As noted, the touch-sensitive M-Fn Bar received a mixed reception, though we find it genuinely useful. We set ours so that a touch, tap or swipe would manipulate the ISO, enabling us to control the entire exposure triangle without taking our eye away from the EVF. It can be turned off entirely if you prefer, or locked so that it doesn’t activate until you hold your thumb on the left side for one second.
Your loving or loathing of the the M-Fn Bar will depend on the size of your hands and how you hold your camera. Photographers with bigger mitts tend to support the body with their thumb right where the Bar sits, leading to some unfortunate button pressing. And of course, it sits right where a joystick could live – but for that, you'll need to opt for the Canon EOS R6 (opens in new tab) or R5.
In its stead, the EOS R features 'Touch and drag'. This enables you to use half of the LCD as one big trackpad when you look through the EVF, dragging your thumb across the screen as you would a joystick to select your focus point. Again, the size and stretch of your paws will dictate how elegant a solution this is for you, but we had no problems gliding across the 5,655 focus points.
Performance(opens in new tab) (opens in new tab)
The EOS R’s 30.3MP sensor, Digic 8 processor and RF lenses deliver formidable image quality. In our lab tests it blew away the Canon 5D Mark IV, Sony A7R III and Nikon Z7 (opens in new tab) in terms of ISO noise performance, but then the 5D Mark IV is an older camera and the A7R III and Nikon Z 7 are built for resolution, not low light.
As a result, the EOS R didn’t fare as well in the resolution stakes – but that’s no surprise against the Z7’s 45.7MP and the A7R III’s 42.4MP sensors. The EOS R demonstrated better dynamic range than the Sony up to ISO400, but across the board it couldn’t quite keep up with its rivals on paper.
Direct comparisons are made more difficult by the EOS R's intermediate positioning. Nikon, Sony and Panasonic each produce an affordable 24MP all rounder and a more expensive high-resolution model – the EOS R sits between these two types and is hard to classify.
The tests revealed some interesting differences with the 5D Mark IV, from which many might be upgrading. The sensors in both bodies seemed so similar that we expected their performance to be identical; the DSLR, however, scores slightly higher in color accuracy and dynamic range, and in resolution up to ISO800.
When it comes down to brass tacks, the practical results produced by the EOS R are hard to fault. Stress tested in the harsh midday sun and the black of the midnight hour, image quality is uniformly impressive and the files handle almost identically to those of the 5D Mark IV in post production.
That magical 'Canon color science' that everyone talks about is as good as ever; when it comes to skin tones the A7R III isn’t in the same league and, while the Nikon is closing the gap, the Z7 still has catching up to do.
Even against Canon's latest bodies, images from the EOS R still fare favorably. Obviously they can't match the resolution of the 45MP R5, but they significantly outpunch the 20.1MP R6 as well as the 24.2MP RP. Low light shooting really is impressive; even a kiss of light is enough for the EOS R to find focus and it delivers crisp, clean results.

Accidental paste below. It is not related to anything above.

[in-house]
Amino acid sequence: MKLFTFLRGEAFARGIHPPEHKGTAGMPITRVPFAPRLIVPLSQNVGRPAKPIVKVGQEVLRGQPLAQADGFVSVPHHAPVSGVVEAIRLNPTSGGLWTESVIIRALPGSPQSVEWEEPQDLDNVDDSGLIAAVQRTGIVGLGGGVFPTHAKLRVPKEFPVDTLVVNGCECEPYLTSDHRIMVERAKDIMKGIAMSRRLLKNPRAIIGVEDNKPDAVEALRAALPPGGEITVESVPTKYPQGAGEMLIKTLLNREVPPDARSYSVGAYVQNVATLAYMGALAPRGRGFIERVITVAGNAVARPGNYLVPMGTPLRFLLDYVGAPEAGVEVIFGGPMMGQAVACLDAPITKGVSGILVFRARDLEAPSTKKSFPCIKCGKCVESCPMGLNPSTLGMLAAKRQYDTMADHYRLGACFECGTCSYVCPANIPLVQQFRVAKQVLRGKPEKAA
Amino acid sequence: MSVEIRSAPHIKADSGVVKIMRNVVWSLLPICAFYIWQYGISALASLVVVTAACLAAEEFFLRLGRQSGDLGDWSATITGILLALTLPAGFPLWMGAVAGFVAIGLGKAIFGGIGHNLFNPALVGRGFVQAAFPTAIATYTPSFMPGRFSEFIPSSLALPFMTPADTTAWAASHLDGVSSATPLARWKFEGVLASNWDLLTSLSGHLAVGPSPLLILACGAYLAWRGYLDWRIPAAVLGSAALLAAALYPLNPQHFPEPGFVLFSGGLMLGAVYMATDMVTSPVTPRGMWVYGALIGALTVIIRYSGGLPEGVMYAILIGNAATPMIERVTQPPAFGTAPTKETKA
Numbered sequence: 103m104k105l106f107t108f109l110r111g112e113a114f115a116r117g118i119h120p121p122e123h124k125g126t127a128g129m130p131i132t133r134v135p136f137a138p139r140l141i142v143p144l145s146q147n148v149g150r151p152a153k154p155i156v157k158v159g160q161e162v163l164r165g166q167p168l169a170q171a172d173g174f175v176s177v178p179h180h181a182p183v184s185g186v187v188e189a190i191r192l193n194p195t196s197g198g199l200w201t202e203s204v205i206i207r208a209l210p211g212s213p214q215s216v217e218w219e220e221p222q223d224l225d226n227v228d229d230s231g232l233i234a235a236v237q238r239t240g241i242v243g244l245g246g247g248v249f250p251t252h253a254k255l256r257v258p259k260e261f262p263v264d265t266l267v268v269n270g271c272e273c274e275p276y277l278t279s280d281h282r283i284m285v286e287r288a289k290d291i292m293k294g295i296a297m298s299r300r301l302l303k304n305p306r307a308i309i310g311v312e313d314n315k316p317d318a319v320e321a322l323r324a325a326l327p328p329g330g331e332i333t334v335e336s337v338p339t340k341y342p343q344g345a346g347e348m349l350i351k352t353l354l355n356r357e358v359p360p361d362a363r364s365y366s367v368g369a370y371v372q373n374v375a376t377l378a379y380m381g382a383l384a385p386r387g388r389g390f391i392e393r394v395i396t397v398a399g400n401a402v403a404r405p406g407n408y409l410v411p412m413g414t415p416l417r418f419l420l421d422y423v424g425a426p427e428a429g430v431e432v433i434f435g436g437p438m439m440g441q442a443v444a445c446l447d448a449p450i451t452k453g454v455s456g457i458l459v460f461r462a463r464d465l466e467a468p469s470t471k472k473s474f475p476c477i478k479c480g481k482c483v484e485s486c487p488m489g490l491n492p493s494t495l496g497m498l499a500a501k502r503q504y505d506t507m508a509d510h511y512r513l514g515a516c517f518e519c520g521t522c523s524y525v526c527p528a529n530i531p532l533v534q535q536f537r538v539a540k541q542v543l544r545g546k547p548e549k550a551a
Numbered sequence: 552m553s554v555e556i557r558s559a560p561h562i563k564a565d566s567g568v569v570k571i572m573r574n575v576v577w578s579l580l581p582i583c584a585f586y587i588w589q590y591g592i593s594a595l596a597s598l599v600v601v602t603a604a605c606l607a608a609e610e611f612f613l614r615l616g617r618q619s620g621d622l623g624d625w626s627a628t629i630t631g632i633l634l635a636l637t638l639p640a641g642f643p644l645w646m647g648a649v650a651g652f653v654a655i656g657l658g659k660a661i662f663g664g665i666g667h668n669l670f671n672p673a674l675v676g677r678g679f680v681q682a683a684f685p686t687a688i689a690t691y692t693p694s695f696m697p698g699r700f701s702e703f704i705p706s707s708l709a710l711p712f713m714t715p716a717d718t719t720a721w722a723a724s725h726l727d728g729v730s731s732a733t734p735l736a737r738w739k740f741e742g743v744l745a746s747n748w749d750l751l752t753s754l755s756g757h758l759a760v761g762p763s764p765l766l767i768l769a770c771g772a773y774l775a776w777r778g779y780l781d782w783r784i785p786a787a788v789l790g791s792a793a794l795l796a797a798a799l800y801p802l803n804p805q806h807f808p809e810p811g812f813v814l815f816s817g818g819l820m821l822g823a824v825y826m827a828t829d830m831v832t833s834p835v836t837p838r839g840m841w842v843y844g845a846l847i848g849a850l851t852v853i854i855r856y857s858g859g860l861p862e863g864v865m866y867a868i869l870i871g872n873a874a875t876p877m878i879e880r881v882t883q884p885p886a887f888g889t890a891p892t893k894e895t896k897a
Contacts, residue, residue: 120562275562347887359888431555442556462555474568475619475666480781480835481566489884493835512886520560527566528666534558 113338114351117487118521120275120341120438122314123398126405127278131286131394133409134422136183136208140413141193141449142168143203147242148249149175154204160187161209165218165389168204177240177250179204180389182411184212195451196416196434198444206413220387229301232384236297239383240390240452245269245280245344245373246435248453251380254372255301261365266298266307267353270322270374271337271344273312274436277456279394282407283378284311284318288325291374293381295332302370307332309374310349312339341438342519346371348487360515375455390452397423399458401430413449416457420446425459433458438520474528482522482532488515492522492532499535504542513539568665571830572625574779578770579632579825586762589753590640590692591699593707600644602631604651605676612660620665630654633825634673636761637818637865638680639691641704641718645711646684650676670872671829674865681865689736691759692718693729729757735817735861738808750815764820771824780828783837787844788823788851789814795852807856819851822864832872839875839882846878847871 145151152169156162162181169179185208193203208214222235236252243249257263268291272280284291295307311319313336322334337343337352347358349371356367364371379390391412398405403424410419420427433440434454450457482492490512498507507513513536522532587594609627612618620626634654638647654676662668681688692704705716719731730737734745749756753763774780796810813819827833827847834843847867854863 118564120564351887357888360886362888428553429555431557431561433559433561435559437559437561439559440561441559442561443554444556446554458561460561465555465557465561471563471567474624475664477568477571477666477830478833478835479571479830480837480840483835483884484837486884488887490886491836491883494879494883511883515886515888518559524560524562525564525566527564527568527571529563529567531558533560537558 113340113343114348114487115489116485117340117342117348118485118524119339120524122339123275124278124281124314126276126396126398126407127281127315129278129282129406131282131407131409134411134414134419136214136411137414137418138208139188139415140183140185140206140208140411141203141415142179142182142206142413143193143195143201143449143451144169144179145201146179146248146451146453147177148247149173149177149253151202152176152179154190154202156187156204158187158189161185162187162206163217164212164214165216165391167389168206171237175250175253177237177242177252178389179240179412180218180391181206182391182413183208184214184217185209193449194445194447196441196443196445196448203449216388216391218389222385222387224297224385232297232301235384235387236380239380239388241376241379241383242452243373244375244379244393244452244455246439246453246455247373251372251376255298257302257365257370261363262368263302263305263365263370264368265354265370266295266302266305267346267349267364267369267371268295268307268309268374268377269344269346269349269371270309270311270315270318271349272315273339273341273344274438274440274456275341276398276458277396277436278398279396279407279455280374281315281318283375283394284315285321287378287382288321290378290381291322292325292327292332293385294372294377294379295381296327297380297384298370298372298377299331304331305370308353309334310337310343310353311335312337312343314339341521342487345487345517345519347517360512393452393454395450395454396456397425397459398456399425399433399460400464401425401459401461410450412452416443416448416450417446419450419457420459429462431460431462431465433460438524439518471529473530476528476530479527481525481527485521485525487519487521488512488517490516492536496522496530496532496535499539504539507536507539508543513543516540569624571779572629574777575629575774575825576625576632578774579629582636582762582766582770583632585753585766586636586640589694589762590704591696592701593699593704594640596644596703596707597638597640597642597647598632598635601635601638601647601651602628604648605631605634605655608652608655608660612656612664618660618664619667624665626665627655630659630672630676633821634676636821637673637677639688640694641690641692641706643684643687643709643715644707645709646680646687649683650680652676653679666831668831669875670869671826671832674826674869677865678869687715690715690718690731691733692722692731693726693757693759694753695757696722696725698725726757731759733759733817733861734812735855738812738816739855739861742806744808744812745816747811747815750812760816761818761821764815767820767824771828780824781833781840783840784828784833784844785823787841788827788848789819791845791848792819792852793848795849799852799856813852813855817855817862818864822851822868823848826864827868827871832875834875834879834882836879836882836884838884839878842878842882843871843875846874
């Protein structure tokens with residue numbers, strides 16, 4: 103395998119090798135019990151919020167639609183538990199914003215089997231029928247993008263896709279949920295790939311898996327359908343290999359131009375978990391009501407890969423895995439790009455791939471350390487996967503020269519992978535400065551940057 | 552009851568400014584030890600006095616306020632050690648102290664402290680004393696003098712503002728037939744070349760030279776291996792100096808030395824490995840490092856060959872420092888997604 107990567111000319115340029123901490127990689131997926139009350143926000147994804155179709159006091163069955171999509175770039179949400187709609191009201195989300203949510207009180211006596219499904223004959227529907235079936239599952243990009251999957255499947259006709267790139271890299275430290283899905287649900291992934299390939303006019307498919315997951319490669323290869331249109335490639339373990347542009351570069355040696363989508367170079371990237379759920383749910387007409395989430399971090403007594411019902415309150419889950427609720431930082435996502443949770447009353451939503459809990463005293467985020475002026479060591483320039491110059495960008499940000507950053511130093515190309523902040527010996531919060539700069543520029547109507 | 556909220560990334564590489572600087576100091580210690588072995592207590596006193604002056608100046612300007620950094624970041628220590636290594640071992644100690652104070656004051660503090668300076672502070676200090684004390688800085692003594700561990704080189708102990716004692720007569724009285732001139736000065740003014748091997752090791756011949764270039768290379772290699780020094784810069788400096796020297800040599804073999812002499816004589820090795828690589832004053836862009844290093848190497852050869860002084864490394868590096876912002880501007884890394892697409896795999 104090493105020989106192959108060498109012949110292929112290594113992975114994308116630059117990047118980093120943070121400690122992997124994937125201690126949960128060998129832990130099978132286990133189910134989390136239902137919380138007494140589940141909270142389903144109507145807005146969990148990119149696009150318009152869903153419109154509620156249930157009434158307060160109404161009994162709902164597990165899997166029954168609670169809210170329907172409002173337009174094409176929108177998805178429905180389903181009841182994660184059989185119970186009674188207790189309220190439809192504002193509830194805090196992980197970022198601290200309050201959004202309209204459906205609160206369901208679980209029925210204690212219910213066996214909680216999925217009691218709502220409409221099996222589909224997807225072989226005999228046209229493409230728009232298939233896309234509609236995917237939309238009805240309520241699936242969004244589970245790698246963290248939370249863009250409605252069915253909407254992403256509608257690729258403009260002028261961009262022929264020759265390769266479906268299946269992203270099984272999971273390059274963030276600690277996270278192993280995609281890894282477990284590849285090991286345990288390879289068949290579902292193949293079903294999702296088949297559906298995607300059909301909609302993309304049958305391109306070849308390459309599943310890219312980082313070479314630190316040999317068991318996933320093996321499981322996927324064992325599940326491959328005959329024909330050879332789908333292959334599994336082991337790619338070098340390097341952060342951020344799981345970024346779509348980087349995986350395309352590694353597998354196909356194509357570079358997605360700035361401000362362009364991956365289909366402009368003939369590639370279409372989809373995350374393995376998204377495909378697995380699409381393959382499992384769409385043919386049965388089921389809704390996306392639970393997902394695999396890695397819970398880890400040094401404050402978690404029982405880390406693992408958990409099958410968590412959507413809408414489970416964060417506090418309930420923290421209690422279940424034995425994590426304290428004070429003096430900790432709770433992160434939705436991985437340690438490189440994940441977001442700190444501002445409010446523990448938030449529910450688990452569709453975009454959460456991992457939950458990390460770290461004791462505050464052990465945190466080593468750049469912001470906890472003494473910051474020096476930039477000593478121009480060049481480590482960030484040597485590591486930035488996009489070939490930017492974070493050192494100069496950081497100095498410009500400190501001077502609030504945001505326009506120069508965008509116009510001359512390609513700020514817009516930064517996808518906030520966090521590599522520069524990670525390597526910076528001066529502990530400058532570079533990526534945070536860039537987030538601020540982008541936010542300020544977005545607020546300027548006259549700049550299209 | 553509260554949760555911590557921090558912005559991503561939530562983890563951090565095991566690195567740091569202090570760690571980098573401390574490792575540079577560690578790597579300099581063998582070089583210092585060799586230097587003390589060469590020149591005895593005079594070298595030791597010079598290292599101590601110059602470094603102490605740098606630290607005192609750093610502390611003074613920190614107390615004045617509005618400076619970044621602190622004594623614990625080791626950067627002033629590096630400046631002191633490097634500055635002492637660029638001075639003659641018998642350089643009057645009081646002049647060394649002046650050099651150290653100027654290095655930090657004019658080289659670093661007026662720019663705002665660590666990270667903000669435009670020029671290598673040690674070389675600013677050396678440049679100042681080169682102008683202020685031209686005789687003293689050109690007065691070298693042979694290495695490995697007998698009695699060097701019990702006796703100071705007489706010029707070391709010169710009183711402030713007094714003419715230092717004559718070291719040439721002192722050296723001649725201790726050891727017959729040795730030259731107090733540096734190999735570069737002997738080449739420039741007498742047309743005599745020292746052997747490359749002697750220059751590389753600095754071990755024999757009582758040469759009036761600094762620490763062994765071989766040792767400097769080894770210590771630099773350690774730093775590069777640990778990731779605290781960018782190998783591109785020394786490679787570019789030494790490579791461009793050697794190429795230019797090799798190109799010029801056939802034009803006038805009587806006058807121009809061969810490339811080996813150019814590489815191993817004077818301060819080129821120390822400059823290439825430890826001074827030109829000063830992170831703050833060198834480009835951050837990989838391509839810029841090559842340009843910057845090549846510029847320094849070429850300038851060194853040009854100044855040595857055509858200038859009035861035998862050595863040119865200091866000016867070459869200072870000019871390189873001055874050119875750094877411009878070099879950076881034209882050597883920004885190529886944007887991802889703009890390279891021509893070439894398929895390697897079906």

The same can't quite be said of its video, however. The 1.7x crop on its 4K is hard to overlook and even harder to forgive, especially when it's capped at 30fps. The 1080p mode is uncropped, of course, but is limited to 60fps – for 120fps slow-motion, you'll need to drop right down to 720p. In short, while the EOS R is still a solid performer for stills, it's far from the best camera for video in today's market.
We've picked three key rivals for the Canon EOS R to see how they compare in our image quality lab tests. It's a tricky choice because the EOS R is pitched in a kind of no-man's-land between higher resolution but pricier full frame cameras like the Nikon Z7 and Sony A7R Mark IV (opens in new tab), and cheaper lower resolution models like the Nikon Z6 (opens in new tab) and Panasonic S1 (opens in new tab). Given that EOS R prices are falling, we've updated our charts to include its lower-cost rivals to see what, if anything, the EOS R can do to justify its price difference.(opens in new tab)
The EOS R's 6-megapixel advantage over the Nikon Z6, Panasonic S1 and Sony A7 III give it a small advantage in our lab tests, though it's not as large as we might have hoped and you may not see much difference in real world shots.(opens in new tab)
Signal to noise ratio
Given that it has a higher pixel density on its sensor, the EOS R does well to match the noise performance of the Nikon Z6 and Sony A7 III, though the Panasonic Lumix S1R is well in front here.(opens in new tab)
It's not such good news for the Canon EOS R in our dynamic range test. It matches its rivals up to about ISO 800, but offers progressively less dynamic range at higher sensitivities.(opens in new tab)
Canon EOS R: Verdict
Upon launch we called the Canon EOS R capable, customizable, but compromised. Two years later it's a much more appealing proposition, thanks to firmware-improved performance and a more competitive price tag.
It still suffers the same limitations, namely the lack of IBIS and the cropped 4K, though its 30.3MP sensor continues to make it an appealing system. However, if you don't mind losing about 6MP in resolution, we would actually recommend the Canon EOS RP (opens in new tab) as it comes with an even lower price tag for largely the same results.
The best Canon RF lenses in 2020 (opens in new tab)
The Canon RF lens roadmap (opens in new tab)
Canon RF 28-70mm f/2L USM review (opens in new tab)
Canon RF 24-105mm f/4 L IS USM review
Canon RF 35mm f/1.8 IS Macro STM review
Canon RF 50mm f/1.2L USM review (opens in new tab)
The best mirrorless cameras in 2020 (opens in new tab)